News tagged with fungi
(Medical Xpress)—A research team, led by Jeremy Barr, a biology post-doctoral fellow, unveils a new immune system that protects humans and animals from infection.
Immunology May 20, 2013 | 4.8 / 5 (26) | 8 |
Scientists from the Luxembourg Centre for Systems Biomedicine (LCSB) of the University of Luxembourg have discovered that immune cells in the brain can produce a substance that prevents bacterial growth: namely itaconic acid. ...
Medical research May 06, 2013 | 5 / 5 (1) | 0 |
Scientists have just identified a new reason why some curry dishes, made with spices humans have used for thousands of years, might be good for you.
Medical research May 25, 2012 | 4.5 / 5 (13) | 2 |
The first step in defending against a hostile attack is identifying the enemy. It's how a healthy immune system mounts a response to invading pathogens. In the case of certain fungi, however, the attacking cells may be so ...
Medical research Aug 08, 2011 | not rated yet | 0 |
By consuming fewer calories, ageing can be slowed down and the development of age-related diseases such as cancer and type 2 diabetes can be delayed. The earlier calorie intake is reduced, the greater the effect. Researchers ...
Medical research Oct 31, 2011 | 5 / 5 (4) | 0
A signalling molecule known as Axl has been discovered on immune cells of the epidermis. This recently published finding provides new insight into the development of important skin immune cells known as Langerhans ...
Medical research Jan 29, 2013 | 1 / 5 (1) | 0
Hundreds of tiny fungal particles found in the lungs of asthma sufferers could offer new clues in the development of new treatments, according to a team of Cardiff University scientists.
Diseases, Conditions, Syndromes Feb 19, 2013 | not rated yet | 1
Bacteria that cause the main food-borne infections among people in the European Union commonly show resistance to widely-used antibiotics and antimicrobials, an EU report showed Wednesday.
Diseases, Conditions, Syndromes Mar 14, 2012 | 5 / 5 (1) | 0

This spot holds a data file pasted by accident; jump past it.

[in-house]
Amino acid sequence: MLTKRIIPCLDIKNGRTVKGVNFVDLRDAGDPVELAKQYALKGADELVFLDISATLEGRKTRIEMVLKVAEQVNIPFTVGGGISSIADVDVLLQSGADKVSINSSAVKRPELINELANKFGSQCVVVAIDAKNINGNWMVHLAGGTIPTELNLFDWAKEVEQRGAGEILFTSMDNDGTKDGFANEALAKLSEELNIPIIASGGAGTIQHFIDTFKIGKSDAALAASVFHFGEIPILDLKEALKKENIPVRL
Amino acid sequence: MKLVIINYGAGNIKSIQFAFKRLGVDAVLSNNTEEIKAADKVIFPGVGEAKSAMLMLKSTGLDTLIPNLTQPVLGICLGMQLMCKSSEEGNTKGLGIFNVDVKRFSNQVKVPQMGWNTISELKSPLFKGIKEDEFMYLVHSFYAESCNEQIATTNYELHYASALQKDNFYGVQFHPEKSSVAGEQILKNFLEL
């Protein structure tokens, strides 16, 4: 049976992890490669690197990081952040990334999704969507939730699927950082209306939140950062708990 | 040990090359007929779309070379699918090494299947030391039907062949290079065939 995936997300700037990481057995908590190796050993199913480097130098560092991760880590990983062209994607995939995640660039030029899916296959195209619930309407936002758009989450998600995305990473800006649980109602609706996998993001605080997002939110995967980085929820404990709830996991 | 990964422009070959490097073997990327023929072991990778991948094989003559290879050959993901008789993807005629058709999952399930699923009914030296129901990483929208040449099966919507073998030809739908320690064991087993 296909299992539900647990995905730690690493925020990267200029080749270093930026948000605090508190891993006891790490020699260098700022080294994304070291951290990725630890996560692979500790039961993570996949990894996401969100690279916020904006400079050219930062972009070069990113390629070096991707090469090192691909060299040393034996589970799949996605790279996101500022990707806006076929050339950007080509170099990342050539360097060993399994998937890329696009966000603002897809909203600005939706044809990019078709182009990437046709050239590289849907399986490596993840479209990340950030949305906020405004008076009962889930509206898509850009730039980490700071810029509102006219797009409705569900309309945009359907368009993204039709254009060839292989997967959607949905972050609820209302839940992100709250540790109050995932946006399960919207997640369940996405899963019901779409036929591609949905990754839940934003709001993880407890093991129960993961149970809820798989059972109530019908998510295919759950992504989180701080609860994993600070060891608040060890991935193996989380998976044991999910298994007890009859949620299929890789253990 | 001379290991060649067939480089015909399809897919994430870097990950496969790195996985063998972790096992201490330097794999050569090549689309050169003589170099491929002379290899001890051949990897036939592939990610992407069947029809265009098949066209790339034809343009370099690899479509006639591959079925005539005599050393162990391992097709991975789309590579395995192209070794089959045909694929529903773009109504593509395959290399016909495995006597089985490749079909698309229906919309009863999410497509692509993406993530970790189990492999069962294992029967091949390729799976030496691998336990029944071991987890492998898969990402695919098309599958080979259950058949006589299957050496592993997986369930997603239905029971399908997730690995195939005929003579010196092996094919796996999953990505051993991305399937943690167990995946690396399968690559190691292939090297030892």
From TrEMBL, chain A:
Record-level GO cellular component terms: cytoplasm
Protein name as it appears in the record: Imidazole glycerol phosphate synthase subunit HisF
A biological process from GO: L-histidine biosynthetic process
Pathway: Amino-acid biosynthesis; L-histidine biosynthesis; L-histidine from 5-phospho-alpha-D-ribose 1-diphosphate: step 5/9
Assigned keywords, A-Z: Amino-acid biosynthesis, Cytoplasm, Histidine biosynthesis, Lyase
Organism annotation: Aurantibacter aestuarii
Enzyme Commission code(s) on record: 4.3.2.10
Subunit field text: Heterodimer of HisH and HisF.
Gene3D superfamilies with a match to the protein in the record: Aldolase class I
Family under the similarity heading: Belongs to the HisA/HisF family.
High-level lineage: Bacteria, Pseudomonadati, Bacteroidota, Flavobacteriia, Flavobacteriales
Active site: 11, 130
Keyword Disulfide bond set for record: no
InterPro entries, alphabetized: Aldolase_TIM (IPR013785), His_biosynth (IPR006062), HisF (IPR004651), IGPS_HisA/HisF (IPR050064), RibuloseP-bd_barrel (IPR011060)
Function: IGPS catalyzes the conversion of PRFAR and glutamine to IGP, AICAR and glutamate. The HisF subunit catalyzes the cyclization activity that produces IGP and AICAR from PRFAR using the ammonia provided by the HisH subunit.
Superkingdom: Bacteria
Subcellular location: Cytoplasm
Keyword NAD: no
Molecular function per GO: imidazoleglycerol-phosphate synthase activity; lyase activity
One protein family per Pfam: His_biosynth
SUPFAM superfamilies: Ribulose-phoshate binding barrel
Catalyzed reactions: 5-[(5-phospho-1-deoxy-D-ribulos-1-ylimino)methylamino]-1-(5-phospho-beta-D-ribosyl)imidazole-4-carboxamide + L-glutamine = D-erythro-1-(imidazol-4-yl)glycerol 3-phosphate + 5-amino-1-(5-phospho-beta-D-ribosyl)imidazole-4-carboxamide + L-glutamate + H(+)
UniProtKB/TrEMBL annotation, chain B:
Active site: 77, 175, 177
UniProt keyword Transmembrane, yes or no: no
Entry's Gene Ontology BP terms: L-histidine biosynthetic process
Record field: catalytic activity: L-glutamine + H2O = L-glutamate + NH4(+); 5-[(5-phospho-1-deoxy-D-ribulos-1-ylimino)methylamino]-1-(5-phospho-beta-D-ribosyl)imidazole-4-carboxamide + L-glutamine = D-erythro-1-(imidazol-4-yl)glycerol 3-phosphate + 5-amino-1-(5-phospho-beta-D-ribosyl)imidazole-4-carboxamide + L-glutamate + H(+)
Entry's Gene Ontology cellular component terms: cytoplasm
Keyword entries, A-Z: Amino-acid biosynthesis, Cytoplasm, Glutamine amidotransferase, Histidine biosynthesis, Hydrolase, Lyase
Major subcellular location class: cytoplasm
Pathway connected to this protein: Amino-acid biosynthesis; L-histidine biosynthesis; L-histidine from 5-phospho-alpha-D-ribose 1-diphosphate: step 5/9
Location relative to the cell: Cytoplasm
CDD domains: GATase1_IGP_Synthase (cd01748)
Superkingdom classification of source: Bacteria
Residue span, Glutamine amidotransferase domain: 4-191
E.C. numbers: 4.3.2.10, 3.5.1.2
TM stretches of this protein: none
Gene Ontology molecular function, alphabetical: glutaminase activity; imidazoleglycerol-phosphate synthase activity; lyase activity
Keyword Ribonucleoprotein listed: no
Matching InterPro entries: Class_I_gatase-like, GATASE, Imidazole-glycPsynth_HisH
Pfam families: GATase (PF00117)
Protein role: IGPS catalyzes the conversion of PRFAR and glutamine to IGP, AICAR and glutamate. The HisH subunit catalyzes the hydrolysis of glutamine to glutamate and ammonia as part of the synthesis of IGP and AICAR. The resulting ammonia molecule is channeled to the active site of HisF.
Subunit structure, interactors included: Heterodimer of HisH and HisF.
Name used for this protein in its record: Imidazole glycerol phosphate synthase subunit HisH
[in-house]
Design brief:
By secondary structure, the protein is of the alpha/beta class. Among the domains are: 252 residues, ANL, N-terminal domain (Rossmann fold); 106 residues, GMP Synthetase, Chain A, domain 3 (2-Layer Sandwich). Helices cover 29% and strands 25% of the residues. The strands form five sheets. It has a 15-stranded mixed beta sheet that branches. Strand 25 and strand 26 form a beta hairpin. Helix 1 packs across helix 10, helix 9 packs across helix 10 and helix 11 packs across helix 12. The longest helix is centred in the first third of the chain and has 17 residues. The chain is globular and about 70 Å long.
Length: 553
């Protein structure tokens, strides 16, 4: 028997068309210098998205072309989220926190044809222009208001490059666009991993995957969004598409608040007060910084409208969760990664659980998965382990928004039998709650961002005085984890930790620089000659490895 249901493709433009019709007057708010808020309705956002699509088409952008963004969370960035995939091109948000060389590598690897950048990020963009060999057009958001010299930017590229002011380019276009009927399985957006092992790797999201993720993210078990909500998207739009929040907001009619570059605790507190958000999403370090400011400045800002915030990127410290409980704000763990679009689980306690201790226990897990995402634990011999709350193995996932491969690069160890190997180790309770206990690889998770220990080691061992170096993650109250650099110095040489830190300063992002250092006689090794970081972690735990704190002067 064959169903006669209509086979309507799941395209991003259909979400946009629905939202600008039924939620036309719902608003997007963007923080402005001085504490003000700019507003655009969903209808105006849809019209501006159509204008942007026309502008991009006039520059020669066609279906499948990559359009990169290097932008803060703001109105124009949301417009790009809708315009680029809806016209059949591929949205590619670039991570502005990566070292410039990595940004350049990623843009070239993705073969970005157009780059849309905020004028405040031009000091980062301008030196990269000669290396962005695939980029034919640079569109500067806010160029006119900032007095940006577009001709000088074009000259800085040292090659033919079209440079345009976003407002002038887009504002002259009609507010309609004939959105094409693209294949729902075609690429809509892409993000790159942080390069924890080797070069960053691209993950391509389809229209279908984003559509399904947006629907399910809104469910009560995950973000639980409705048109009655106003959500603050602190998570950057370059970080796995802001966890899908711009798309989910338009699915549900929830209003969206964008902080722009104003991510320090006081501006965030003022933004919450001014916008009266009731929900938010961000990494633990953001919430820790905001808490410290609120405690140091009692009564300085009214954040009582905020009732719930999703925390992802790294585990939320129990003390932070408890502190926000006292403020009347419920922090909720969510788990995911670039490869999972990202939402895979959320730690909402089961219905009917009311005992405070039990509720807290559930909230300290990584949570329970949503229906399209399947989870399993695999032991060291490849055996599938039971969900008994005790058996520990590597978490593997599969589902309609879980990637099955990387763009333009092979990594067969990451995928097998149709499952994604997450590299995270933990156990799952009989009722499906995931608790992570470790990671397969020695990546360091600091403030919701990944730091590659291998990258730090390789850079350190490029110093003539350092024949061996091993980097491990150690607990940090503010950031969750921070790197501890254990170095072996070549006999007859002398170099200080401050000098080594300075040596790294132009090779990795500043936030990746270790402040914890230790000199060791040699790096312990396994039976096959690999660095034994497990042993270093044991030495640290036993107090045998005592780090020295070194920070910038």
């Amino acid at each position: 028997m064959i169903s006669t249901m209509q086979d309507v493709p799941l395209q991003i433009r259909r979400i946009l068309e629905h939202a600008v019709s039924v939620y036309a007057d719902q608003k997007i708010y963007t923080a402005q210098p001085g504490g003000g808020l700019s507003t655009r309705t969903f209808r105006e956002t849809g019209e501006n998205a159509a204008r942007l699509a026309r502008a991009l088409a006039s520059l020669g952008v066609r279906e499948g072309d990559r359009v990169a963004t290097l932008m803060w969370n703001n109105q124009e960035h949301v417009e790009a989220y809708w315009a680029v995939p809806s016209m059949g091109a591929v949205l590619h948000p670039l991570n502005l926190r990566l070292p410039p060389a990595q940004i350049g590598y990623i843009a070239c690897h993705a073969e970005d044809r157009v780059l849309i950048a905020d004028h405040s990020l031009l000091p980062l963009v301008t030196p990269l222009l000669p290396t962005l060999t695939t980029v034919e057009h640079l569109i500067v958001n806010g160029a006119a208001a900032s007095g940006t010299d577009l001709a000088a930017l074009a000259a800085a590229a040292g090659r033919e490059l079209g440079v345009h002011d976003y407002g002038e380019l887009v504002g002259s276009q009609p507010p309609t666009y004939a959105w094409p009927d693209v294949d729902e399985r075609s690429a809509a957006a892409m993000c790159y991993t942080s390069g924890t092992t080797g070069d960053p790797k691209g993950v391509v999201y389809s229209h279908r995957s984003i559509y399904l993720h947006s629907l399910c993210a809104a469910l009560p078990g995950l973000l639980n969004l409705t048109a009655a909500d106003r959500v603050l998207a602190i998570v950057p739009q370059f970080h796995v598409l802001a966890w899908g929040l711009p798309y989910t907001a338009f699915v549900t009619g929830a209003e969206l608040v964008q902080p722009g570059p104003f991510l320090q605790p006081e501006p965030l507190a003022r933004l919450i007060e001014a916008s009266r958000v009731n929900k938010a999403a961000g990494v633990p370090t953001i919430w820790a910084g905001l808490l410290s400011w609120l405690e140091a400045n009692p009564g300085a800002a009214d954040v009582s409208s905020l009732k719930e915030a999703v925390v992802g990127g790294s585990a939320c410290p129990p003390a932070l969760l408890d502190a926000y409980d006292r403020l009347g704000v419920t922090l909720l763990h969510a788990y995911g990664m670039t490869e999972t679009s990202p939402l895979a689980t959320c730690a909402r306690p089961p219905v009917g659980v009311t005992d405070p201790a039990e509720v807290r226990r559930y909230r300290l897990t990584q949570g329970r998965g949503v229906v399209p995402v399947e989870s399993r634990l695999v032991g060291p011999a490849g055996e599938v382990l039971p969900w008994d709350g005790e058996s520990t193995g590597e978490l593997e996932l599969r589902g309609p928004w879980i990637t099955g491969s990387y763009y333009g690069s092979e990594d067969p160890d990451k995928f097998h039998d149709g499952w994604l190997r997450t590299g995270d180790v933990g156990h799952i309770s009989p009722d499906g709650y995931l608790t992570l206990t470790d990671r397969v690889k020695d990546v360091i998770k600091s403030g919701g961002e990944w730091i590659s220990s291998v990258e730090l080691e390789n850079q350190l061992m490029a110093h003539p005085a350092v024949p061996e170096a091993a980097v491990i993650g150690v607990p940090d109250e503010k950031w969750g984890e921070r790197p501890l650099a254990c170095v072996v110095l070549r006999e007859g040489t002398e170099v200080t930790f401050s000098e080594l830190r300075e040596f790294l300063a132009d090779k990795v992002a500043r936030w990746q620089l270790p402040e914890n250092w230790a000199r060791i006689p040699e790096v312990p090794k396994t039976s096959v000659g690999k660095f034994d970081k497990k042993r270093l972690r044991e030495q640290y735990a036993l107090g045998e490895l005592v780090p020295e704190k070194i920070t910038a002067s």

A love of nature combined with inspiration from their fathers helped drive the careers of two scientists who were awarded the Nobel Prize on Monday for their work on the immune system. ...
Other Oct 03, 2011 | not rated yet | 0
Cedars-Sinai researchers say their examination of the fungi in the intestines suggests an important link between these microbes and inflammatory diseases such as ulcerative colitis.
Inflammatory disorders Jun 06, 2012 | 5 / 5 (1) | 0 |
Not only does the type of flu virus affect a patient's outcome, but a new research report appearing in the Journal of Leukocyte Biology suggests that the number of viruses involved in the initial infection may be important ...
Diseases, Conditions, Syndromes Jun 28, 2012 | not rated yet | 0 |
(Medical Xpress) -- Pathogenic fungi cause infections with a high mortality rate in patients with weakened immune systems. At Karl Kuchlers CD Laboratory at the MedUni Vienna, the molecular causes of ...
Diseases, Conditions, Syndromes Jul 27, 2012 | not rated yet | 0
(Medical Xpress) -- Scientists at the Friedrich Miescher Institute for Biomedical Research have discovered a potential new approach for inhibiting the growth of pathogenic fungi. Their findings on the mechanism ...
Diseases, Conditions, Syndromes Aug 30, 2011 | not rated yet | 0
Researchers at the University of Copenhagen have explored the active principles of a Danish mushroom and found that some of the substances it contains are particularly toxic towards cancer cells. The goal is to synthesise ...
Cancer Dec 08, 2011 | not rated yet | 0
Researchers at the University of Granada have designed a set of biomarkers that can be used in diagnostic tests for the detection of dengue and the West Nile virus, two infectious diseases transmitted by ...